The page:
Exodus 4:18-20 seems to narrate Moses’ return to Egypt twice. Let’s look closely at the features of this passage.
18And Moses went back to Jethro, his father-in-law, and said to him, “Let me go so I may go back to my brothers who are in Egypt and see if they’re still living.” And Jethro said to Moses, “Go in peace.” 19And Yahweh said to Moses in Midian, “Go! Go back to Egypt because all the people who sought your life have died.” 20And Moses took his wife and his sons and rode them on an ass, and he went back to the land of Egypt.
First, we should notice that the use of the name Jethro, rather than Reuel, for the name of Moses’ father-in-law was a feature of the Elohist source (#85). And in this verse Moses is presented almost as a suppliant asking Jethro’s permission to return to Egypt. It is granted, and Moses departs in peace.
Verse 19, however, seems to begin the “return motive” anew, only this time Yahweh is presented commanding Moses to return to Egypt, in sum because those who had sought Moses’ life (Ex 2:14-15) have now died. We might additionally note that the story of Exodus 2 is from the hand of the Yahwist. There are unique Yahwist themes throughout, the least of which is the name Reuel for Moses’ father-in-law.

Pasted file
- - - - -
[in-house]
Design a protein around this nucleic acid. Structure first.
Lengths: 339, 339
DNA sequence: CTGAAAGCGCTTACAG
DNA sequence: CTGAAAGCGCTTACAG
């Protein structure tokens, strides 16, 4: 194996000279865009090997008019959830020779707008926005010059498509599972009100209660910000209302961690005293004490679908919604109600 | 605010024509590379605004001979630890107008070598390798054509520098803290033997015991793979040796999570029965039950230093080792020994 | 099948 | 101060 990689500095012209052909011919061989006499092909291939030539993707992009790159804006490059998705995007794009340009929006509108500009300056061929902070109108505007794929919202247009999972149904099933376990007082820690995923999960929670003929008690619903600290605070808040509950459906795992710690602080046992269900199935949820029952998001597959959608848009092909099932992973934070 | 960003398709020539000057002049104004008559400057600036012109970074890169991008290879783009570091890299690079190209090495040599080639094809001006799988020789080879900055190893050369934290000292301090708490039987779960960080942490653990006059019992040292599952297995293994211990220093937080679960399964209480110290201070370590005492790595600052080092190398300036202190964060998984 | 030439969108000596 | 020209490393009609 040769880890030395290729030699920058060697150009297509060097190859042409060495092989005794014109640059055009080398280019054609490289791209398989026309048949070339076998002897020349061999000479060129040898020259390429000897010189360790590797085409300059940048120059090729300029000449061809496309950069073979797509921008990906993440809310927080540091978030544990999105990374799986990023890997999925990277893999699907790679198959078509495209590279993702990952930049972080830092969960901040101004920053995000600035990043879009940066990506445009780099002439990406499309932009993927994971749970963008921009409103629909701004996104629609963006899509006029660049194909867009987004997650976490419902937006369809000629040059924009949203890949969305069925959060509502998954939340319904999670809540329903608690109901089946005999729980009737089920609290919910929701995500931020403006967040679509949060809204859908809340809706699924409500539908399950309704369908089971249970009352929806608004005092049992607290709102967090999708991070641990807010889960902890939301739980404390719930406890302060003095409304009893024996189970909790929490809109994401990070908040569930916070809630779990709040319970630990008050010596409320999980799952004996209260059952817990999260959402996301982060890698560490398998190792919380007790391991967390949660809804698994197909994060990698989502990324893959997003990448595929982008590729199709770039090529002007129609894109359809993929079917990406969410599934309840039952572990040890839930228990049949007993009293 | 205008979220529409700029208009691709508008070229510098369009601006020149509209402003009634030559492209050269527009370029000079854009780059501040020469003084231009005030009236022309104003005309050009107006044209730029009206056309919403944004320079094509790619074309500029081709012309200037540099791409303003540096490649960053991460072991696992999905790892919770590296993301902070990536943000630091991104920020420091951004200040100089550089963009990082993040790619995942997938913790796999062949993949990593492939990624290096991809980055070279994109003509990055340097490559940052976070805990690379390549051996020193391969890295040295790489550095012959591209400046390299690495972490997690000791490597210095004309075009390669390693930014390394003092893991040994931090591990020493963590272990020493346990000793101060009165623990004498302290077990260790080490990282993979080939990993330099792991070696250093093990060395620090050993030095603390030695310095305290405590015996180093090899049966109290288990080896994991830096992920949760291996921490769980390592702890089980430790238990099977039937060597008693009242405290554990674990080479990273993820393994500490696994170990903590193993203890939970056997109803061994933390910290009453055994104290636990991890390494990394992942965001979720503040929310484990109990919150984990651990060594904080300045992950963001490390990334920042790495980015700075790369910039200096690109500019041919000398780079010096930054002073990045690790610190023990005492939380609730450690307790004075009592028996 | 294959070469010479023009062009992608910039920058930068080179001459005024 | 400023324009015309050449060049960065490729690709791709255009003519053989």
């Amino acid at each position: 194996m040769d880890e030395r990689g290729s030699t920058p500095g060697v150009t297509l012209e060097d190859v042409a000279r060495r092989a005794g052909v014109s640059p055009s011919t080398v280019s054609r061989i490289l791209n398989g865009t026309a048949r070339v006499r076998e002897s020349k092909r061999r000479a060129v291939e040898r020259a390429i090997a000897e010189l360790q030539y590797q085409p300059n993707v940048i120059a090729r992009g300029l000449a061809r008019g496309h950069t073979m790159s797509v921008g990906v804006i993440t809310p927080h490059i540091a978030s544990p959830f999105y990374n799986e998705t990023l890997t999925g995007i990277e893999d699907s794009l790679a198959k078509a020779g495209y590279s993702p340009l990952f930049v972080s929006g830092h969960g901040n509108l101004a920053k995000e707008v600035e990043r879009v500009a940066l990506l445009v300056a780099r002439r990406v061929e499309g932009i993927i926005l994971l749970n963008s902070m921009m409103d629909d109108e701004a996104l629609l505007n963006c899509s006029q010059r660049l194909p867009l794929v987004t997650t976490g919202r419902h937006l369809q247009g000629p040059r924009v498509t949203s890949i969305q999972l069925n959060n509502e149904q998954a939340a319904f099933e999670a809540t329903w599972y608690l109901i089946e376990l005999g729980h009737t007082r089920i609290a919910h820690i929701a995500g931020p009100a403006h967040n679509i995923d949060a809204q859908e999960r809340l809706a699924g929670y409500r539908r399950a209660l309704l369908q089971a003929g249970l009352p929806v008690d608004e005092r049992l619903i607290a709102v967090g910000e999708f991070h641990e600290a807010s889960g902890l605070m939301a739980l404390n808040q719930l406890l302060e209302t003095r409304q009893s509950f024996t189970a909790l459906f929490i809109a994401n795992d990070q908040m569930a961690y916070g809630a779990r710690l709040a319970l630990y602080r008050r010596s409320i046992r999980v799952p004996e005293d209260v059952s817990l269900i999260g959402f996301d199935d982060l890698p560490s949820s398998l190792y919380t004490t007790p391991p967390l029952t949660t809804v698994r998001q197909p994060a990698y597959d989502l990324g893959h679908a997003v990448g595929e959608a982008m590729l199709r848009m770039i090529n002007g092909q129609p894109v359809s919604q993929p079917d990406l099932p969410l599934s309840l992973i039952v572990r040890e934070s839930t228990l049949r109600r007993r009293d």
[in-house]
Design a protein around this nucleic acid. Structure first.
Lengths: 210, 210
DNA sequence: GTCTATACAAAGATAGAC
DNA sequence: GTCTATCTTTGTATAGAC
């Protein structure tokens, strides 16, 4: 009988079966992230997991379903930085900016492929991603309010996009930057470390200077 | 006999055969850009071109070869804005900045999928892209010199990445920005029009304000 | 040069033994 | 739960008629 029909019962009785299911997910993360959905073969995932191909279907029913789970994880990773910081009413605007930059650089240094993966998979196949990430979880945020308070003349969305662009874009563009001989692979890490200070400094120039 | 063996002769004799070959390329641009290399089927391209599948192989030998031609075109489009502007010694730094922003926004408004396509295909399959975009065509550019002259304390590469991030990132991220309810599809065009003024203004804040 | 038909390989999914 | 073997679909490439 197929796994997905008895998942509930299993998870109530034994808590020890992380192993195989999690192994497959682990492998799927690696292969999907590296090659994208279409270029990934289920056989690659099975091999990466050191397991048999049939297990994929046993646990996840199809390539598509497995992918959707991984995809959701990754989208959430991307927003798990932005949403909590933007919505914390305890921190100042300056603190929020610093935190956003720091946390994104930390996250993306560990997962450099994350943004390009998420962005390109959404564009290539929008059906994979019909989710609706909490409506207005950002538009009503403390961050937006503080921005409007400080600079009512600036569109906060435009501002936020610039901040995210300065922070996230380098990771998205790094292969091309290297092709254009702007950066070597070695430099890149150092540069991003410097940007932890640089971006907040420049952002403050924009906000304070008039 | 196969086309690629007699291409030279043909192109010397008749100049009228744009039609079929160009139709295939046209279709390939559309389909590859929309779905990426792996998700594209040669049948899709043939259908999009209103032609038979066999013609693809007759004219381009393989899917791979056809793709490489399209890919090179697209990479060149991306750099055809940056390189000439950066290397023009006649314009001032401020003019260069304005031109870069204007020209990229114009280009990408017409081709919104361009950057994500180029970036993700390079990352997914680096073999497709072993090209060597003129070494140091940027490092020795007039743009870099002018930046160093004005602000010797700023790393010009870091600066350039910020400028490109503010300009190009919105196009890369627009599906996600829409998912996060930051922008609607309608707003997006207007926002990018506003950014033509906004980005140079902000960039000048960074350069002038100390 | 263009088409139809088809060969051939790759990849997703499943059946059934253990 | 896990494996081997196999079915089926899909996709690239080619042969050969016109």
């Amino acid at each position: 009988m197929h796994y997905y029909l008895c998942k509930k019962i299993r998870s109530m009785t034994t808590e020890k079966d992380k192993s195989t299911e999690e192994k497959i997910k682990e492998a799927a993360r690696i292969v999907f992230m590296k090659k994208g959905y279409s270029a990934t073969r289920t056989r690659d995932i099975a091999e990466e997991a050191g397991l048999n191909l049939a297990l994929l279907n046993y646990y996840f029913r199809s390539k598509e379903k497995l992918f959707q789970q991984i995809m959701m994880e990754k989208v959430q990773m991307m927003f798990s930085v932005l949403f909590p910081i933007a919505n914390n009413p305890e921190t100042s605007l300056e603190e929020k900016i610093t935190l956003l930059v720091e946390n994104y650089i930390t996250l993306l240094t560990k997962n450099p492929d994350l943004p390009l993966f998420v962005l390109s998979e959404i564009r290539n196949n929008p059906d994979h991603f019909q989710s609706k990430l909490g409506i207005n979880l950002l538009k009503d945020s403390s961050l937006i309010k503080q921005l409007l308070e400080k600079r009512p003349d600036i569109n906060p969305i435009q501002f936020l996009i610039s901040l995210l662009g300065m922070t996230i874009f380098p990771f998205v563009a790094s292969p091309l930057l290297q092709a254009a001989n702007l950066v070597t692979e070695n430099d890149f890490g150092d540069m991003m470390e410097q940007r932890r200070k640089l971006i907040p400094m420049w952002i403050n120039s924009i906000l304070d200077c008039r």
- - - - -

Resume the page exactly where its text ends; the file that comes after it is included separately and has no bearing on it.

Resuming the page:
Thus it would appear that both Exodus 4:18 and Exodus 4:19-20 were originally part of two separate renditions of the “return motive”—the Elohist’s and Yahwist’s. If so, it is quite natural that a redactor, in stitching together these two versions, would have placed them one after the other in the redacted text. They almost read as a continuous narrative. But in fact they are two versions of the “return story”—one where Moses asks Jethro’s leave, the other where Yahweh commands him to return. We can readily understand how two once separate oral traditions could have told this story in these two different ways.
In tomorrow’s contradictions (#100-101), we will examine other differences in these two “return motives” that will fortify and reaffirm our conclusion here. Compare Exodus 4:19-20 with Exodus 18:1-5. What is different?